China restricts registration of .cn names

The China Internet Network Information Center (CNNIC) announced new rules a few days ago that are intended to "enhance the authenticity, accuracy, and integrality [sic] of the domain name registration information."
These rules require applicants for .cn domain names to submit copies of their business license and personal ID for review by the registrar within five days of registering the name. There are two big questions that aren't clear from the announcement:
First, does the requirement to submit a business license apply only to registrations on behalf of businesses, or does this mean that individuals are no longer allowed to register .cn domain names? The latter would be a substantial restriction on the Internet privileges of individuals in the country.
Second, what happens between the time an online registration occurs and the end of the five day period? Is the domain active during this time, or does the domain not become active until after the paperwork is reviewed? The exact language is "From the day of the submission of online application, if CNNIC does not receive the formal paper based application material within 5 days or the application material auditing is not qualified, the domain name to be applied will be deleted." This implies that someone can sign up for a domain name with fake information, use it for five days, and then have the name revoked. I suppose that's better than being able to use a fake domain indefinitely (sort of - it may make tracking down the perpetrator more difficult), but we've seen with domain tasting that this can be abused for creating ephemeral phishing and malware sites.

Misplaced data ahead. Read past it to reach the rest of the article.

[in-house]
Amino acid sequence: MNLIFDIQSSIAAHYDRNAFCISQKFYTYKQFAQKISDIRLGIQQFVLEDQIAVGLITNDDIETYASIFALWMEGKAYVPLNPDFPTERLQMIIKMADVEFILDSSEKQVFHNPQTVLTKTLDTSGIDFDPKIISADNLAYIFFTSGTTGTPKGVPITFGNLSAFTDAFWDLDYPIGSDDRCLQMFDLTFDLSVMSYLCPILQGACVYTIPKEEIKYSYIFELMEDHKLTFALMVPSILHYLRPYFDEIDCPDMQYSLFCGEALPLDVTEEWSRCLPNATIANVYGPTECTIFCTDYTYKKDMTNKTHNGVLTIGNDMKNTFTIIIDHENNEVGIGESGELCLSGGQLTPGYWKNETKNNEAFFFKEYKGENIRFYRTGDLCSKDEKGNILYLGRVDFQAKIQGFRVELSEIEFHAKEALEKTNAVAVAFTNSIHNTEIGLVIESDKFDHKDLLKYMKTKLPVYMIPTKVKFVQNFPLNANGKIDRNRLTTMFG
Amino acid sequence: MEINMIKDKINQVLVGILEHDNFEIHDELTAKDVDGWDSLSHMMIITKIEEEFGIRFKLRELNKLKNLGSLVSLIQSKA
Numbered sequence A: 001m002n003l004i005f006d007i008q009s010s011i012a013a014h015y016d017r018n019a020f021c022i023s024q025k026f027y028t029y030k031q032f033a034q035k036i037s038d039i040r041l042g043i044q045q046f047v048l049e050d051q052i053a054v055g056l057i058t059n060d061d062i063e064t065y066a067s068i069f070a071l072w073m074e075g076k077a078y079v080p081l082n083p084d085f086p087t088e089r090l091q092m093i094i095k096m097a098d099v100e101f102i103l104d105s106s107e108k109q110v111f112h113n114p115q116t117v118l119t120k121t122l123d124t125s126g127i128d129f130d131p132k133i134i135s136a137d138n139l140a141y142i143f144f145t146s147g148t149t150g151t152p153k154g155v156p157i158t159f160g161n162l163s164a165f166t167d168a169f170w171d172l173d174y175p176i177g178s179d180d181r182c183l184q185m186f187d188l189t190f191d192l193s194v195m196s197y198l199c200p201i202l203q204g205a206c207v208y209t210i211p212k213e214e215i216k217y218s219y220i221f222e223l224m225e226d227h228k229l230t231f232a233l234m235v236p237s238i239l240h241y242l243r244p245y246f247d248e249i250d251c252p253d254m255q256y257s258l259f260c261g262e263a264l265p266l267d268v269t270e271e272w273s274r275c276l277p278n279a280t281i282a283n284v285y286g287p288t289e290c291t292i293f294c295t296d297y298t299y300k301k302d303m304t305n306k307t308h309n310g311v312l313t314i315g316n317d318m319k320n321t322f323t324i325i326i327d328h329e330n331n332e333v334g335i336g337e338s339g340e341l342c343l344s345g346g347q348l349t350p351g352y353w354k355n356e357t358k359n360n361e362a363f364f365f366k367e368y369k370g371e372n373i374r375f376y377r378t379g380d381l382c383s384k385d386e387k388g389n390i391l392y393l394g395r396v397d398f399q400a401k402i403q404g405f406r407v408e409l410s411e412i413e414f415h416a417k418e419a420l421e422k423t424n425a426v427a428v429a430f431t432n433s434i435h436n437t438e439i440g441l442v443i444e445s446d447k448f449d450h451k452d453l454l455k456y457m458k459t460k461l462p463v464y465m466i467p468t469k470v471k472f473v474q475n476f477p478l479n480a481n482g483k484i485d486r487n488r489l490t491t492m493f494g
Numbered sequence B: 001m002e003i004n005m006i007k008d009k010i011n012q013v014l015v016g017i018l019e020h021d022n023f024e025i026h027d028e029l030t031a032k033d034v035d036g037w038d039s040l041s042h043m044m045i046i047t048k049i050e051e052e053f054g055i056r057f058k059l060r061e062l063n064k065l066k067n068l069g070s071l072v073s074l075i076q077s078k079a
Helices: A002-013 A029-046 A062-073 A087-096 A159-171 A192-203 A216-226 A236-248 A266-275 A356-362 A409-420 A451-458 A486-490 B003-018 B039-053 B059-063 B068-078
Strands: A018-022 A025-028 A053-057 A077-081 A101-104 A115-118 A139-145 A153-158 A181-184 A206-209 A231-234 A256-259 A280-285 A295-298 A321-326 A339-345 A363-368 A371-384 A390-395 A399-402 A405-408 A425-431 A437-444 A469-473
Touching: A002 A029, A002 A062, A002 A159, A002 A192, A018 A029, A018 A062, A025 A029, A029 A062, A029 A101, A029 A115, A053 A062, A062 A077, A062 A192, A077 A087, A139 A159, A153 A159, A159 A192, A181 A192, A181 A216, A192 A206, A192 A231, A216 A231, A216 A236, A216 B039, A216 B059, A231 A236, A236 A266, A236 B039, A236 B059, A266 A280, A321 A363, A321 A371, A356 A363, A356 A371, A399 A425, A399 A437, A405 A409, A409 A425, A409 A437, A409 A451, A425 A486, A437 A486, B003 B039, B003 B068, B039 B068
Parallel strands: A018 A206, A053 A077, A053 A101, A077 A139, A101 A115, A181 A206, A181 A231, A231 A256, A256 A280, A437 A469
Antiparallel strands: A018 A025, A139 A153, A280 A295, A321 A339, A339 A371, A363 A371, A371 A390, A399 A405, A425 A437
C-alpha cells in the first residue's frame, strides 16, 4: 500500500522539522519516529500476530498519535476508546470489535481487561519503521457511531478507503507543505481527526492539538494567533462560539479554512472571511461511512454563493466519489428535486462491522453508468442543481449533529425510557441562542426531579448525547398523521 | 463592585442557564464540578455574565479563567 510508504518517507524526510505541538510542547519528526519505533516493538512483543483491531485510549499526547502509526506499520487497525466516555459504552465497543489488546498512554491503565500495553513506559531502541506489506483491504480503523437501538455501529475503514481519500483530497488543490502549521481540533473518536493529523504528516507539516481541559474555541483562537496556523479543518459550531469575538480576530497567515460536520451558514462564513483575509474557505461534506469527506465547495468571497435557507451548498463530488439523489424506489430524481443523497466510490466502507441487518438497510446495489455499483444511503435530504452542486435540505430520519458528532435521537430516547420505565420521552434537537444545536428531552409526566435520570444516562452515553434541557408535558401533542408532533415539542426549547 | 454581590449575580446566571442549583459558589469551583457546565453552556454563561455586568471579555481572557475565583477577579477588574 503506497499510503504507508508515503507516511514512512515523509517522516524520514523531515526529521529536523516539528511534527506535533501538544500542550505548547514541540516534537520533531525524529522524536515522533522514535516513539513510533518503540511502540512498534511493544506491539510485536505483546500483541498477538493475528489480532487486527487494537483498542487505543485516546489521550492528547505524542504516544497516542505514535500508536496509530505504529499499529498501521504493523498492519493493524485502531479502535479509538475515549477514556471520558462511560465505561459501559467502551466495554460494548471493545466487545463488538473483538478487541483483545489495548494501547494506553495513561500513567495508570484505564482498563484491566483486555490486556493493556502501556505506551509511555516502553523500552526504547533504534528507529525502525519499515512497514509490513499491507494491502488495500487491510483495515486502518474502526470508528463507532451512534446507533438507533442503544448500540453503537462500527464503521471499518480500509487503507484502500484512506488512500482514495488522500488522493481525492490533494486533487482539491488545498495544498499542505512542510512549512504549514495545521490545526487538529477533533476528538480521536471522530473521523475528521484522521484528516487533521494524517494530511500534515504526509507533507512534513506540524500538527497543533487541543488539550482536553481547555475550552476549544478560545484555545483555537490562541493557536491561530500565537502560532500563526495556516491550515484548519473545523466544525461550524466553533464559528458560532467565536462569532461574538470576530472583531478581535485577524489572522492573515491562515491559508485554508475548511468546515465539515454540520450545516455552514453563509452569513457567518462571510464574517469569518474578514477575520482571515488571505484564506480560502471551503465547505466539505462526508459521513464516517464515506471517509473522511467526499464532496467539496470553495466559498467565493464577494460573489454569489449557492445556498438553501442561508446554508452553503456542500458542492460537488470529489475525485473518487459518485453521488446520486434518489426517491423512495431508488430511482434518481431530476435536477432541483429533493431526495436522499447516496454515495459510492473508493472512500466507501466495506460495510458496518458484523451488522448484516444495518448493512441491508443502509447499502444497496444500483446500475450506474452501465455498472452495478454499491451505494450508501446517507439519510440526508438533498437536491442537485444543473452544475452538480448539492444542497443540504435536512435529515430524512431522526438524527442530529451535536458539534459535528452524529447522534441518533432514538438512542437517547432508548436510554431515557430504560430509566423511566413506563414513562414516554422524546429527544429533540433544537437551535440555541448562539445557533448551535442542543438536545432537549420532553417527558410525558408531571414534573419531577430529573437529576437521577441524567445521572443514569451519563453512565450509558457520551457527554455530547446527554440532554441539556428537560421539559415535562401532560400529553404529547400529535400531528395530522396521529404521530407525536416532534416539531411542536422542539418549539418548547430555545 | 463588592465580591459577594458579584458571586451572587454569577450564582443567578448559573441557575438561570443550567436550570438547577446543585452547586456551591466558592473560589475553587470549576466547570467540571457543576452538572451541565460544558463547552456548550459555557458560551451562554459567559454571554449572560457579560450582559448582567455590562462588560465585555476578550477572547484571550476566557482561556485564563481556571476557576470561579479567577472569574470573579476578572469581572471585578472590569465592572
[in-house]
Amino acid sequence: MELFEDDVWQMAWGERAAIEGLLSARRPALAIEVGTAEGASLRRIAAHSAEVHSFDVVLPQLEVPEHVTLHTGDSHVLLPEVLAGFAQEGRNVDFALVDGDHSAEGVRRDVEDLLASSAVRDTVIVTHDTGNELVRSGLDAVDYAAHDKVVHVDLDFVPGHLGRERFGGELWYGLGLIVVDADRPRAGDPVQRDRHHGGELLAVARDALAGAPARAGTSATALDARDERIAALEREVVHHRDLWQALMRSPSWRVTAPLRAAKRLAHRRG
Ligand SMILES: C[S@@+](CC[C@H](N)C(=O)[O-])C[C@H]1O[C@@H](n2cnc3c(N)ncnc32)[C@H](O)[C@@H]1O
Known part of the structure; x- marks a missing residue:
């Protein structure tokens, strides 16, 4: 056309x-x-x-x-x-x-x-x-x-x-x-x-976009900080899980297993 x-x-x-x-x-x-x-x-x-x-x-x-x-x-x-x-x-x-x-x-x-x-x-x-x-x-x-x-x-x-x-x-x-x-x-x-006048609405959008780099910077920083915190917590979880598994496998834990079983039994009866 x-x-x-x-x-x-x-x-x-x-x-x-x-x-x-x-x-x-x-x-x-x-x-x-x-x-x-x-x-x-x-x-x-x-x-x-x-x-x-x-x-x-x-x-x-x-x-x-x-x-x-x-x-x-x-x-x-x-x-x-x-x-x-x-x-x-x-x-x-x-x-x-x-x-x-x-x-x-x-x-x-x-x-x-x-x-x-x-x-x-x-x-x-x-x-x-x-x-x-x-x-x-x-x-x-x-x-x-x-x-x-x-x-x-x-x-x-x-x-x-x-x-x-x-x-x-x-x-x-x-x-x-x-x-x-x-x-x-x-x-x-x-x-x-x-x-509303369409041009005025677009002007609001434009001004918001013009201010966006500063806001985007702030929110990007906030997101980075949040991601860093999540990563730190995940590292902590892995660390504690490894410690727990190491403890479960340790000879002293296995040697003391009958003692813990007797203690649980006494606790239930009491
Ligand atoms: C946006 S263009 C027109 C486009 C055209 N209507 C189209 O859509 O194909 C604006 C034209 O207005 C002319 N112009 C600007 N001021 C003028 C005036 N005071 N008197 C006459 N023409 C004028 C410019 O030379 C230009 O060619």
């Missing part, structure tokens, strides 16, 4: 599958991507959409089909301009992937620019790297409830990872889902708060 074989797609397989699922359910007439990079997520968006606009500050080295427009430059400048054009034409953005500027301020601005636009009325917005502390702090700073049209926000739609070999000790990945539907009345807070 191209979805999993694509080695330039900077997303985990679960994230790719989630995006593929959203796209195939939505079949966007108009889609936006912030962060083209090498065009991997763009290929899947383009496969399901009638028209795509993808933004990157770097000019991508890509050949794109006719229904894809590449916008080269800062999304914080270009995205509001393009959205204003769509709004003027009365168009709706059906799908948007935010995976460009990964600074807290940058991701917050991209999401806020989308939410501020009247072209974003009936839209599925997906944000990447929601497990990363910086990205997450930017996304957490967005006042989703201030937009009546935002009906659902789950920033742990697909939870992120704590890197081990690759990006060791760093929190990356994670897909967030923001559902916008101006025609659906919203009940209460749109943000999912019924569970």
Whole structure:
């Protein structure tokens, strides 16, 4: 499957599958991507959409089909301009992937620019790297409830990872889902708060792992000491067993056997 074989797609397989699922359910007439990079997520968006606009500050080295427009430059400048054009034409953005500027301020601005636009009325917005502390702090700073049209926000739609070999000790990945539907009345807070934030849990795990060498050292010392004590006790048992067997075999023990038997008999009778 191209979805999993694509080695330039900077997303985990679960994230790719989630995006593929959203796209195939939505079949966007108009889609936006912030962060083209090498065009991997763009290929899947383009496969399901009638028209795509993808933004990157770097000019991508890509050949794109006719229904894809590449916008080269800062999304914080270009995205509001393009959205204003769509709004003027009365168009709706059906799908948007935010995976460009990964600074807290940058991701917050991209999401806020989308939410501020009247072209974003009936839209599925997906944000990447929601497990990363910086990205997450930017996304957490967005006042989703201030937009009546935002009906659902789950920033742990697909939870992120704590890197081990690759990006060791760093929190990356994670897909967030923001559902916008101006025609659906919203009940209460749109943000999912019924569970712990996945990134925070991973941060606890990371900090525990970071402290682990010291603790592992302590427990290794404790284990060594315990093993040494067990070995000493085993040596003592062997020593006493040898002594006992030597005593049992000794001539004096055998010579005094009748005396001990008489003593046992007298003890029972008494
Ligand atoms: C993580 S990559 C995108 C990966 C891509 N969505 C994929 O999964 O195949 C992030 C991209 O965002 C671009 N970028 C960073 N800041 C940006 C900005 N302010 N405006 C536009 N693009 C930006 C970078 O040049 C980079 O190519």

Underlying all of this, of course, is a long-running battle between privacy advocates who argue that being able to anonymously register a domain name extends the free speech opportunities, especially for dissidents in repressive regimes, and the security and law enforcement communities, which fret about the lack of accountability if the operator of a domain name cannot be tracked down. I'm not sure whether ICANN's requirement for registrars to disable domains with false registrant information applies to country-level TLDs, but the CNNIC policy for .cn domains would certainly be consistent with that requirement, if more heavy-handed than we've seen from most registrars.
[Update 12/18: Berkman Center Fellow Donnie (Hao Dong) posted this piece explaining even more aggressive measures being taken by the Chinese government to crack down on malicious use of domain registrations. This will almost certainly reduce the number of misused Chinese domain names, but as indicated above, we may see some additional consequences.